Sometimes, rather than paying attention to what is actually happening, people choose to search for an alternative theory that better fits their narrative. As Black people and their allies continue to protest against the murders of George Floyd, Breonna Taylor, and countless other Black civilians, the conspiracy theorists are out in full force, looking for a way to (yet again) discredit the movement.
Recently, conservative commentator Candace Owens claimed in a series of tweets that George Soros pays protestors, and now other right-wing conservatives have started parroting the theory. Is it true?
Conspiracy theorists are claiming that billionaire George Soros pays protestors.
“The Minneapolis chief of police just confirmed that many of the protesters that are burning down the city are NOT FROM MINNEAPOLIS,” Candace tweeted on Thursday, May 28. “My guess: As he did with Antifa, Democrat George Soros has these thugs on payroll. He is funding the chaos via his Open Society Foundation.”
In other words, Ms. Owens believes that George Soros used his grantmaking network, Open Society Foundations, to hire people to cause “chaos” during the protests in Minneapolis. Let’s clear this up very quickly: No, George Soros does not pay protestors to incite “chaos.” The Open Society Foundation responded to Candace’s claims in a tweet:
George Soros has poured billions of dollars in Open Society Foundations, and some of those funds are used to support liberal and progressive causes, including some organizations that have worked with Black Lives Matter. However, claims that he directly hires people to cause chaos are unfounded. They’re also not new; right-wing conservatives have been trying to push this conspiracy for years.
George Soros doesn’t pay protestors, but you can donate money to their cause.
Luckily, you don’t have to be a billionaire to give money to worthy causes — that’s one of the things that’s still pretty great about this country. The Black Lives Matter protestors are not being paid by George Soros or the Open Society Foundations, but the movement does have needs that require funds. Maybe you’re in a position to help with that.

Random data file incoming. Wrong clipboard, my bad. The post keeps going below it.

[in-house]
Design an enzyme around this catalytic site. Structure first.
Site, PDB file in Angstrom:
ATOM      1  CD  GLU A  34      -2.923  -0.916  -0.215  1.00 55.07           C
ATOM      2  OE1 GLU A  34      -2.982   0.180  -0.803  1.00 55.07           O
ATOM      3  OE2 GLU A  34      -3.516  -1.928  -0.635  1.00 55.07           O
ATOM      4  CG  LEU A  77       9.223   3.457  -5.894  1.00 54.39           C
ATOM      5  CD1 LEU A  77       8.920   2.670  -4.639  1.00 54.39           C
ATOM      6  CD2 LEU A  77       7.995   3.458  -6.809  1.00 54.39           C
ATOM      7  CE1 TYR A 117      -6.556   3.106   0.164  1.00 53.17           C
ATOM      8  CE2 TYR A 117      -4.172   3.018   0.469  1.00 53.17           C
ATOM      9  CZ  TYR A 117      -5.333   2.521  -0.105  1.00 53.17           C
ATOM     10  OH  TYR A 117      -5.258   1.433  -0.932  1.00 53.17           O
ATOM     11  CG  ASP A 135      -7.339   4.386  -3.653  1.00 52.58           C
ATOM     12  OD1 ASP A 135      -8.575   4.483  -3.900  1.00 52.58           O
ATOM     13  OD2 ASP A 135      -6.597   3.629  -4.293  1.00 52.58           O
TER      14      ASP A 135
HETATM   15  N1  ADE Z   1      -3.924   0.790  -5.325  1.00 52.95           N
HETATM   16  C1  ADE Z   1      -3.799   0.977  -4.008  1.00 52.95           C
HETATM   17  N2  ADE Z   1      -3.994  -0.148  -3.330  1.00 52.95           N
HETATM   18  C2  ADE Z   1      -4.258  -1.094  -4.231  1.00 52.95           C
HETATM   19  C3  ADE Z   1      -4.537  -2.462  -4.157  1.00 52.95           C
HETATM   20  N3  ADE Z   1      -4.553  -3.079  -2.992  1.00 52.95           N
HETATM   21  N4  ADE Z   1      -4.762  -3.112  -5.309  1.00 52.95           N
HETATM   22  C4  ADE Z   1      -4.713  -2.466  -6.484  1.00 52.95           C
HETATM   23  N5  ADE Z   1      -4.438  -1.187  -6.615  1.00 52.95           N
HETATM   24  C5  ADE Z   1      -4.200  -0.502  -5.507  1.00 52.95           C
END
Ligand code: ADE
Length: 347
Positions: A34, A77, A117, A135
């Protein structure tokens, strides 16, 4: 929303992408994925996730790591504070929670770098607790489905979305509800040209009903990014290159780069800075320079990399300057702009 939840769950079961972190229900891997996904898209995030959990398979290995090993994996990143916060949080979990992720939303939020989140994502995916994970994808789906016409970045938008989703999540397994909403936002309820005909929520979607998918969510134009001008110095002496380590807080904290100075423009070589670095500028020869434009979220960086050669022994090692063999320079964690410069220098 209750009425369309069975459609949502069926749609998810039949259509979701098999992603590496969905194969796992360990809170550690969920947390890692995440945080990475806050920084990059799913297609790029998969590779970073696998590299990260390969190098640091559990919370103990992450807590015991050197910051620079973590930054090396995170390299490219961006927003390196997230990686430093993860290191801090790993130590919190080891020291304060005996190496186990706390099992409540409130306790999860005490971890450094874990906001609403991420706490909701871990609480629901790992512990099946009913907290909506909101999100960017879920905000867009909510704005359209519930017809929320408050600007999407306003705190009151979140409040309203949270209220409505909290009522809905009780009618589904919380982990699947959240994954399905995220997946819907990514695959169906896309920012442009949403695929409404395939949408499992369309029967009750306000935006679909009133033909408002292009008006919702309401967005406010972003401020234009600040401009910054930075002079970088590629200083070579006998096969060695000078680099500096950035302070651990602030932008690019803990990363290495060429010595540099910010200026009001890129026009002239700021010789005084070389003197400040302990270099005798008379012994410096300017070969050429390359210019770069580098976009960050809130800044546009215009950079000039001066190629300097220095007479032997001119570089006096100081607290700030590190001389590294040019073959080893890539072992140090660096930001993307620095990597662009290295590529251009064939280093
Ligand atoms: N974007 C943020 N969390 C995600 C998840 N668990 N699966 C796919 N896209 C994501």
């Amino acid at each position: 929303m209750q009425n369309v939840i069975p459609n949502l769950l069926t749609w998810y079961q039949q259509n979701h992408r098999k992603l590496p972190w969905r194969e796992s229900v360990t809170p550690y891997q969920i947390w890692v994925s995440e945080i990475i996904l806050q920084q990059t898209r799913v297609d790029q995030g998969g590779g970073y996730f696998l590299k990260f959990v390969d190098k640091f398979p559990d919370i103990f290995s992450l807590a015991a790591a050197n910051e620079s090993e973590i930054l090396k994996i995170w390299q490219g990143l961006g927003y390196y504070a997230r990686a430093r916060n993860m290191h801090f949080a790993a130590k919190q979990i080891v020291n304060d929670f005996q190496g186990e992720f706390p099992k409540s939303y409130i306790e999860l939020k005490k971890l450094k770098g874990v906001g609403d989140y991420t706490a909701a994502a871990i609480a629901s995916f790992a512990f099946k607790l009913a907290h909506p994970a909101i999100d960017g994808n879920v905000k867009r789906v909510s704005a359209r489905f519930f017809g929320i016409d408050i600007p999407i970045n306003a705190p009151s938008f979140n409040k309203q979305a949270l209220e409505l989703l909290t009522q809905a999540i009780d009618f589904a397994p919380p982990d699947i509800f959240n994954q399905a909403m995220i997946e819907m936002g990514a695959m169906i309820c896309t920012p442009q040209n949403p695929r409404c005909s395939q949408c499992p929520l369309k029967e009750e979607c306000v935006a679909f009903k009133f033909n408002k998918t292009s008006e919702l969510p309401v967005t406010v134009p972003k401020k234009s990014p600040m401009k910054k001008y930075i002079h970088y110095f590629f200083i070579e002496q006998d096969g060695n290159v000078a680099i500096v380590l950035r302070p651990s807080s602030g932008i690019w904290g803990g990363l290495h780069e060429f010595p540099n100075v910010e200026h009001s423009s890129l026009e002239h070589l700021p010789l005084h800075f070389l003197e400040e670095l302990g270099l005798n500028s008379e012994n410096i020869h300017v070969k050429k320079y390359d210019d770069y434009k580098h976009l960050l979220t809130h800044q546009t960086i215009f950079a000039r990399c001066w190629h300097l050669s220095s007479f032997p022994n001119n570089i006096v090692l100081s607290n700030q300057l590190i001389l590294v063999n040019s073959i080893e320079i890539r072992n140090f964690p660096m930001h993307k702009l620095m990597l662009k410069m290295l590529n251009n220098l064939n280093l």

If so, consider donating to your local Black Lives Matter chapter, or to the BLM Global Network. Contribute to bail funds to help free detained protestors. Check out this list of other antiracist organizations on the frontlines that need monetary support. After that, consider making an everyday purchase that supports a person of color. Buy your next meal from a Black-owned restaurant. Let your next online purchase be from a Black-owned company.
If money is tight at the moment, there are still so many things you can do to support the Black Lives Matter movement and its cause. Go to the protests. Use the Libby app (it’s free!) to check out an ebook about antiracism and/or the broken criminal justice system. Watch videos of YouTubers who are donating ad revenue to Black Lives Matter.
Work to diversify your social media feeds and amplify the voices of people of color — especially of Black folks at this time. Sign petitions. Call your representatives. Talk to your family members. Listen.
Also, remain vigilant about checking into the backgrounds of theories you come across online or in discussions. You’ve got access to the same internet as the rest of us. Use it.